The Texas Department of State Health Services reports more than 19,000 new confirmed and probable cases of COVID-19 on Wednesday along with increases in the positivity index and the number of people hospitalized with the virus.
According to data released by the DSHS, there were 15,558 new confirmed cases Wednesday and another 3,445 probable cases for a total of 19,003 cases of the virus.
The DSHS also reported 7,685 people hospitalized statewide with the virus, an increase of 380 patients since Tuesday and the highest number of hospitalized COVID-19 patients since Feb. 18.
Chris Van Deusen, the DSHS spokesman, said in a video conference that the rolling seven-day average of new COVID-19 cases has soared by 92% from last week, while hospitalizations rose by 49% and fatalities grew by 15%.
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W. Stephen Love, president and CEO of the Dallas-Fort Worth Hospital Council said there were 1,922 COVID-19 patients in area hospitals on Wednesday.
"We are sorry to see this number now exceed 1,900 COVID-19 hospitalized patients. This represents 12.81% of bed capacity and 30.96% of adult ICU patients which means over a quarter of our adult ICU patients have COVID-19," Love said. "As a point of reference, we had 398 COVID-19 patients in the hospitals on July 4 so as you can tell, our hospitalizations have increased significantly in 30 days."
The state health department also reported 60 more deaths on Wednesday. A month ago on July 4 the 7-day rolling average for deaths was 19, that number had grown to 44 per day today.
Dr. Jennifer Shuford, the state epidemiologist for the U.S. Centers for Disease Control and Prevention, estimates that more than 80% of all new COVID-19 cases involve the delta variant.
“And our preliminary data suggests that over 75% of COVID-19 cases in Texas are now due to the delta variant,” Shuford said.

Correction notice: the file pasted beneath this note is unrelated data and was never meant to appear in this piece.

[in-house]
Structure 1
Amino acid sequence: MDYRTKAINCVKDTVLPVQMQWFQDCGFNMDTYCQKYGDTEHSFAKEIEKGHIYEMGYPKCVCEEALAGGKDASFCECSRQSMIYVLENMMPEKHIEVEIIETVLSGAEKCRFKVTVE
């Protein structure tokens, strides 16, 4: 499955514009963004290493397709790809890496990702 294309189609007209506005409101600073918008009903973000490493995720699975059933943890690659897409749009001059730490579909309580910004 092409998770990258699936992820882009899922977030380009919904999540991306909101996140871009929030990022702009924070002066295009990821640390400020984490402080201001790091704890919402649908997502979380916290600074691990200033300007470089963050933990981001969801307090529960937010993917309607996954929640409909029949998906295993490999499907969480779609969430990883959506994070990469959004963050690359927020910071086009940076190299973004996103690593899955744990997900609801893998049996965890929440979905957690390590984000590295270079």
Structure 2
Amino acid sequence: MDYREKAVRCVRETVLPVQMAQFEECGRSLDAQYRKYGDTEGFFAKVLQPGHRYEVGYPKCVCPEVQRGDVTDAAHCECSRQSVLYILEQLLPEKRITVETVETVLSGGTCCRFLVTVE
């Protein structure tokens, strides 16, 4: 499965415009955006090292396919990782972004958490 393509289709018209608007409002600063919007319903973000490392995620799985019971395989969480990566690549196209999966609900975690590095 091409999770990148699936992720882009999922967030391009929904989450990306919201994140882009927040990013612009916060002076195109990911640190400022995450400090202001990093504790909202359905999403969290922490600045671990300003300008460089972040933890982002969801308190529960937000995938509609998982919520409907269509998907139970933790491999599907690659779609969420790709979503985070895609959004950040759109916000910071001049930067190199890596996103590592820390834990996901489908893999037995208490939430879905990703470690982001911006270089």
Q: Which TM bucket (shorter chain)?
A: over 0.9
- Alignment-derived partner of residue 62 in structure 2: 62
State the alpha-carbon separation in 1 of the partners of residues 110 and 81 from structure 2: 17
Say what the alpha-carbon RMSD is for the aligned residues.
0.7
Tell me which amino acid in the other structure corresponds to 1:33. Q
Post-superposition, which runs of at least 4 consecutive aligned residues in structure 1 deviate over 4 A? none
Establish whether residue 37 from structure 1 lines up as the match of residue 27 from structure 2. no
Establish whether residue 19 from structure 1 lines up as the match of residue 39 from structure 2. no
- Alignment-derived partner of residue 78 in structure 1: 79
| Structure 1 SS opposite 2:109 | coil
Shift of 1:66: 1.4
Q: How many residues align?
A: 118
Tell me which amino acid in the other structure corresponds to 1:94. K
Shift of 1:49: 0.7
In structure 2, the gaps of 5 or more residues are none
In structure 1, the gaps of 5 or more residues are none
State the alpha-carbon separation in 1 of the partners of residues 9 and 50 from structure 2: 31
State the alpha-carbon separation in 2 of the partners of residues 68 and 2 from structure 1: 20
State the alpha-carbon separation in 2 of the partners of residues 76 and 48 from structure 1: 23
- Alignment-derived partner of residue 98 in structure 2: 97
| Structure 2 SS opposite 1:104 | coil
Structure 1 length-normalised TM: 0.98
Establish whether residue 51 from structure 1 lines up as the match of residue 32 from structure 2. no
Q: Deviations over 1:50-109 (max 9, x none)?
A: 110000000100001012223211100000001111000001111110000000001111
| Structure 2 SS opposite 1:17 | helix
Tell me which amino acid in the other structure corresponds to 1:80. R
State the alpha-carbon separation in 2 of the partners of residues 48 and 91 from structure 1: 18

Experts warn that hospitalizations and deaths are lagging indicators of the severity of the pandemic and that both are likely to continue increasing for some time after cases.
The state's molecular positivity index, at one time a barometer for Republican Gov. Greg Abbott for the danger associated with the spread of the virus in the state, climbed to 17.71% on Wednesday. The last time the positivity index was that high was on Jan. 13. The all-time high for the molecular positivity index is 20.98% which was reached during the winter peak of the third wave on Jan. 4.
The surge in new cases, hospitalizations, and deaths comes as Abbott stands pat on his position that Texans know what to do to stop the spread of COVID-19 and that no further intervention is necessary on his part. Abbott has said repeatedly for several weeks now that masking is a personal responsibility and that people should get the vaccine if they want one.
As recently as today, Abbott said while addressing a conference in Dallas, "going forward, there will not be any government-imposed shutdowns or mask mandates. Everyone already knows what to do. Everyone can voluntarily implement the mandates that are safest for them, for their families, and for their businesses."
Medical experts, meanwhile, continue to warn that the vast majority of new COVID-19 cases and hospitalizations are among those who have not yet been vaccinated against the virus.
"Vaccinations are absolutely helping protect people and the unvaccinated are very much at risk with the increase in the delta variant, so wearing masks is also another effective tool against COVID-19," Love said.
Love recommended three things we can all do to prevent the further spread of the delta variant:
- If not vaccinated, please talk to a trusted source, do your own scientific research and get vaccinated as soon as possible. Do it for the children under 12 (if for no other reason) as they can't get vaccinated and need us to help protect them.
- Wear a mask if you are vaccinated or not vaccinated. There was a town in Massachusetts where many vaccinated people contracted the delta variant but none died thanks to the vaccines.
- Conduct virtual meetings, instead of in-person, for at least the short term rather than hosting potential spreader events.